Wallet Logo

Bitfy: Super App de Criptomoedas

latest release: 3.10.13 ( 24th July 2021 ) last analysed  10th September 2021 No source for current release found 
4.0 ★★★★★
977 ratings
100 thousand
14th October 2019

Jump to verdict 

Help spread awareness for build reproducibility

Please help us spread the word discussing transparency with Bitfy: Super App de Criptomoedas  via their Twitter!

Do your own research!

Try out searching for "lost bitcoins", "stole my money" or "scammers" together with the wallet's name, even if you think the wallet is generally trustworthy. For all the bigger wallets you will find accusations. Make sure you understand why they were made and if you are comfortable with the provider's reaction.

If you find something we should include, you can create an issue or edit this analysis yourself and create a merge request for your changes.

The Analysis 

Bitfy is a Brazilian app that claims to have a:

All-in-one digital wallet ensures that users are the only ones who have access to private keys.

Translated using Google Translate, it explicitly states its self-custodial nature

We are a non-custodant portfolio, we do not have access to your keys.

On the surface, it may seem that the app has many of the characteristics for ‘good’ self-custodial bitcoin wallet. But we proceeded to investigate further by looking at the reviews and downloaded the app.

One of the more indicting reviews on Google Play was this:

Luiz Sahb Druziani
★☆☆☆☆ May 28, 2020
Do not use this wallet. The seed provided by them works only in the bitfy app, that is, if the app disappears, your money goes with it.

To verify this, we proceeded to download the app on a Samsung Phone.

They ask for your email address and mobile phone number. After filling in some personal details, you are asked to verify.

Then you are asked to create an app password and a pin. The pin is used for a variety of things including payments and the provision of the 12 seed words which are then sent via email after creating a wallet. The only way to open the PDF that contains the seed words is through the 6-digit pin.

However, this is potentially poor protection for a wallet backup. They have 100k downloads and send mnemonics from their servers with a 6 digit pin “password protection”. The app claims to be self-custodial but it is possible for them to access the mnemonics.

Even if they delete the mnemonic after sending it to the user (which cannot be proven), now the user’s email provider and a bunch of other servers have a copy, too. 6 digits only protects against manual, not automated brute force.

The seed words are non-standard mnemonics. They are not found in the BIP39 list. Specifically, the Portuguese mnemonics.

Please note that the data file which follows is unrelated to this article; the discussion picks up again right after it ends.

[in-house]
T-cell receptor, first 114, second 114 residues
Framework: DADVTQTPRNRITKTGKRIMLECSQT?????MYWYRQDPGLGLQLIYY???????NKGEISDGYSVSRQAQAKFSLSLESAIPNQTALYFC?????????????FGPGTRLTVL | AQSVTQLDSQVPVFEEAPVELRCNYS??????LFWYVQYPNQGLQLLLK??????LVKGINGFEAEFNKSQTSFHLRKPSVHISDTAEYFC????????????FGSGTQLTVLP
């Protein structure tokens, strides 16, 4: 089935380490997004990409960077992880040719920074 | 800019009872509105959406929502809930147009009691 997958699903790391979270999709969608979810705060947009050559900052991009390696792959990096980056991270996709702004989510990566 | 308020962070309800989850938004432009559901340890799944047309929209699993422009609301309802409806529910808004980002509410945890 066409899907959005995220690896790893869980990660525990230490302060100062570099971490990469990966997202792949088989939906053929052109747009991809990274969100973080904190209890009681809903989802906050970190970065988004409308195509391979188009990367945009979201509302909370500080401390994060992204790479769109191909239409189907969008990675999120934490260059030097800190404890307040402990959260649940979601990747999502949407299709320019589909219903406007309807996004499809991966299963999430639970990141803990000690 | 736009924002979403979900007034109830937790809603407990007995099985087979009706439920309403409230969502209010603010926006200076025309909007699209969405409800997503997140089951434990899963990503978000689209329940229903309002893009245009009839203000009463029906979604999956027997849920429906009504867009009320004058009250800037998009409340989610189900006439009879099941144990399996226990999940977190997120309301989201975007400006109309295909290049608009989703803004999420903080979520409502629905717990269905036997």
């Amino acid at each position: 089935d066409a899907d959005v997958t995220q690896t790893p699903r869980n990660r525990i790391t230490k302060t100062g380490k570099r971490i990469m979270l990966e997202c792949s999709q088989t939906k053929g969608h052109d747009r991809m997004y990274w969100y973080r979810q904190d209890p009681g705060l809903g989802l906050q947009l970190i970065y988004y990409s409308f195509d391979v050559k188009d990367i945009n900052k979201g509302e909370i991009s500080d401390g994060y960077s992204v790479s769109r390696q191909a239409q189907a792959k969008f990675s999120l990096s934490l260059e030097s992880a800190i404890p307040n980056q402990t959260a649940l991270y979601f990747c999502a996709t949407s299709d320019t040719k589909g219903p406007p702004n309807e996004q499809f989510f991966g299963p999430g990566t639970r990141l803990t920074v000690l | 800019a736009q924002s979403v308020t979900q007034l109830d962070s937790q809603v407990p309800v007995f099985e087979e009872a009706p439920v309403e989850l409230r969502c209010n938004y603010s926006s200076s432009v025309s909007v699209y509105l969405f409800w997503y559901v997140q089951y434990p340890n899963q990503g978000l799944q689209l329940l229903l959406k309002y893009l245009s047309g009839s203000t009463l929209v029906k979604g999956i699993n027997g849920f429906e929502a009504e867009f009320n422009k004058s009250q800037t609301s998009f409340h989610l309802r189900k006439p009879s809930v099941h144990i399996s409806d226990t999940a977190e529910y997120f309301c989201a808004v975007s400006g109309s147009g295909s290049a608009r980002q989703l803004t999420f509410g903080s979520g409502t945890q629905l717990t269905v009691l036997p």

Unfortunately as of this writing, we were not able to import a wallet created using Bitfy using Electrum. Perhaps, more tests are warranted.

While keeping all this in mind this app is still classifiable as a non-custodial wallet. However, with no source in sight, we do not have the means to verify this wallet.

(dg)

Verdict Explained

Without public source of the reviewed release available, this product cannot be verified!

As part of our Methodology, we ask:

Is the source code publicly available? If not, we tag it No Source! 

A wallet that claims to not give the provider the means to steal the users’ funds might actually be lying. In the spirit of “Don’t trust - verify!” you don’t want to take the provider at his word, but trust that people hunting for fame and bug bounties could actually find flaws and back-doors in the wallet so the provider doesn’t dare to put these in.

Back-doors and flaws are frequently found in closed source products but some remain hidden for years. And even in open source security software there might be catastrophic flaws undiscovered for years.

An evil wallet provider would certainly prefer not to publish the code, as hiding it makes audits orders of magnitude harder.

For your security, you thus want the code to be available for review.

If the wallet provider doesn’t share up to date code, our analysis stops there as the wallet could steal your funds at any time, and there is no protection except the provider’s word.

“Up to date” strictly means that any instance of the product being updated without the source code being updated counts as closed source. This puts the burden on the provider to always first release the source code before releasing the product’s update. This paragraph is a clarification to our rules following a little poll.

We are not concerned about the license as long as it allows us to perform our analysis. For a security audit, it is not necessary that the provider allows others to use their code for a competing wallet.

The product cannot be independently verified. If the provider puts your funds at risk on purpose or by accident, you will probably not know about the issue before people start losing money. If the provider is more criminally inclined he might have collected all the backups of all the wallets, ready to be emptied at the press of a button. The product might have a formidable track record but out of distress or change in management turns out to be evil from some point on, with nobody outside ever knowing before it is too late.